“WRITER, DIRECTOR, ACTOR LEE AMIR-COHEN CREATES A WONDERFULLY UNIQUE ATMOSPHERE TO STAGE THIS TENSION-FILLED ENCOUNTER…”
August 15, 2017 | One Film Fan
You know how sometimes we forget? An appointment, a date, the grocery list, an anniversary, a birthday, it can go on and on. But what if you’re in the criminal underworld and someone has done you wrong? Will it be forgotten to seek out revenge? Will it be forgotten who exactly will be the recipient of it? For one Mafioso (Lee Amir-Cohen), forgetfulness comes far too often thanks to an ongoing battle against amnesia. Trying to maintain any sense of current situations or reality in general becomes a burden which stresses him out beyond his already volatile manner.
Now on the job, he and his equally cunning fiancé (Amanda Maddox) have taken captive the local DA (Cameron Diskin) and his wife (Shoshana Bush), fully under the impression he has been betrayed by them both. Even as the pained statements of regret and unbelief flood out of this hardened yet distracted Mafioso in regard to the exposure he’s suffered due to his prisoner’s actions, the torture nor the pleas of the captives to think about what he’s doing only cause the mobster to further lose patience and control, much to the delight of his sister who watches and waits for it all to end. Yet, even after it does, the ramifications of the choices made have farther reaching outcomes than realized, even as the clock resets once again in a fractured mind.
Next, my Mind:
For this 18-minute crime drama, writer/director/actor Lee Amir-Cohen creates a wonderfully unique atmosphere to stage this tension-filled encounter between a mobster and his prey by having the villain be fighting against his own will and wayward thoughts while attempting to extract information from and exact revenge on the two people he is convinced betrayed him, all the while not able to fully comprehend who it actually is that he has in his possession. To further the eerie dilemma, there’s the facet introduced in having his fiancé as his compatriot, and it makes one wonder the whole time if she is aware of the actual situation unfolding and yet still allows it all to run its course, figuring on her mate’s forgetfulness to erase any cognizant recollection of what he’s done. Finding out the answer to it allows the film’s chaotic, violent, and impactful finale to make the impression it’s intended to, with the additional punch of seeing how the mobster’s amnesia kicks back in. It’s a shrewd and savvy narrative, taking things to another level beyond just harsh language and cruelty.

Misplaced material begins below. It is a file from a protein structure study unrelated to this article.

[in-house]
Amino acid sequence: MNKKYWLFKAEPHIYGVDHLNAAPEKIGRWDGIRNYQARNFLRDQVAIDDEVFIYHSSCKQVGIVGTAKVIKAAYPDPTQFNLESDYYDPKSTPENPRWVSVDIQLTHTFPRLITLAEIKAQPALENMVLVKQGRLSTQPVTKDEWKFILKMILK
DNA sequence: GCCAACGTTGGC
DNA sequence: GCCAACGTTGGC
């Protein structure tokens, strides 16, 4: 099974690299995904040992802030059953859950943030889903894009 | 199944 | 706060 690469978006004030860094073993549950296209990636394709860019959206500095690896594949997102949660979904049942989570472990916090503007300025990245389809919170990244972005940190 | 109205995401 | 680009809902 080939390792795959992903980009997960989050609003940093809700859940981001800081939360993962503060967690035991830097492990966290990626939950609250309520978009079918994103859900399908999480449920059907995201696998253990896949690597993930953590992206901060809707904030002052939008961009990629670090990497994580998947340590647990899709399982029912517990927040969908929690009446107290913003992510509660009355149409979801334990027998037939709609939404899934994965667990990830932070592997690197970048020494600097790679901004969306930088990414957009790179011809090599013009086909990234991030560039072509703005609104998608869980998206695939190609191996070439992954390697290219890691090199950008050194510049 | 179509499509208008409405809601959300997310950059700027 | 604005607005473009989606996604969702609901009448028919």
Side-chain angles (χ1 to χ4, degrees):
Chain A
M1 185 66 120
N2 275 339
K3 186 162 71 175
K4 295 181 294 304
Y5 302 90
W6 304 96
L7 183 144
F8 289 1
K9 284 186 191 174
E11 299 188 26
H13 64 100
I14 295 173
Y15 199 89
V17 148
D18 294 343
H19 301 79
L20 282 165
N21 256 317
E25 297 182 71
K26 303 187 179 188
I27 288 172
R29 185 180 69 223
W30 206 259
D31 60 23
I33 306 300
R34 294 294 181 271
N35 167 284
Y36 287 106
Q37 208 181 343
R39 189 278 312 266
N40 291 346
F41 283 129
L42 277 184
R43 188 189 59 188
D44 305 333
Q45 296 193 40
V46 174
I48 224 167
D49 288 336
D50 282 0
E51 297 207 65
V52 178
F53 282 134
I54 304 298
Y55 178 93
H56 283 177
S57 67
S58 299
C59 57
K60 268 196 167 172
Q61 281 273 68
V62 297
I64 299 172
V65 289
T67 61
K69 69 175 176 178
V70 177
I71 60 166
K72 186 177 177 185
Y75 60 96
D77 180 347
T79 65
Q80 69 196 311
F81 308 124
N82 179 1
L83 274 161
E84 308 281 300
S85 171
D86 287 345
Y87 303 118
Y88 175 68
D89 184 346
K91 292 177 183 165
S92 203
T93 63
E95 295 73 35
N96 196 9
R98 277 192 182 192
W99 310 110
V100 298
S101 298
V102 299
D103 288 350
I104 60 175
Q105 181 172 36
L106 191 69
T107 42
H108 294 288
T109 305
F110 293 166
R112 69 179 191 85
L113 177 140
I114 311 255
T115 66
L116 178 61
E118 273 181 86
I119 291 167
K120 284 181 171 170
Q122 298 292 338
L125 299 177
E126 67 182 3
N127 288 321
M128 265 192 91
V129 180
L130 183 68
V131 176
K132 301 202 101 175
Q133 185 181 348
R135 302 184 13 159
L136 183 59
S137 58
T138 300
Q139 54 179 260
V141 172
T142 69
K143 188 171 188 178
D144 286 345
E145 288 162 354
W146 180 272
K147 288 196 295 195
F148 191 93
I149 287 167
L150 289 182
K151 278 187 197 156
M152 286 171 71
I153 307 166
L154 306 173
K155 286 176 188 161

Amir-Cohen is intense and very driven in his role as the Mafioso, a man of expectedly edgy and dangerous demeanor who doesn’t take lightly the fact he’s been, supposedly, betrayed by those he trusted. Showing his neglect for any pity, the rants and raves he goes off on are filled with an almost confused yet well-founded rage, and his buttons are easily pushed once his captive decides to take his own statements too far. Yet, there is that sense of disturbed and borderline penitent attitude the mobster has in the aftermath of it all, soothed only by his sister in a crude and really heartless way, all to try and make him forget even more what he’s done and to calm him down. The ultimate endgame is harsh in itself, but puts such a poignant exclamation point to the journey of an afflicted mind, very well played by Amir-Cohen. Maddox is also quite effective in her role as his fiancé, a woman with no scruples who loves to add her own sense of menace as she fully delights in the maltreatment of the pair’s detainees. Yet, we again see she is the necessary medium of control for her amnesiac soulmate, the one source to slow down his malice, even if by overtly ill ways. Maddox embodies this character’s dynamics with style and finesse.
Diskin and Bush are solid as the DA and his wife taken captive by the mobster, and its their desperation and attempts to unnerve and dissuade their captor from harming them needlessly that adds the suspense to events, especially given the relationship to the Mafioso they each represent. Knowing what the outcome will be for them, both Diskin and Bush play on the fear and ire the two have towards their would-be executioner with urgency while not overacting or being melodramatic, a credit to the two actors. So, in total, while there were certain bouts of language and content this reviewer could have done without in the grand scheme of the greater story, “The Other Place” is a well-done piece of independent cinema, astute in its delivery, unique in its narrative, and definitely addresses its title’s concept in a multitude of ways, whether it be the reality of the world around the mobster or within his own head.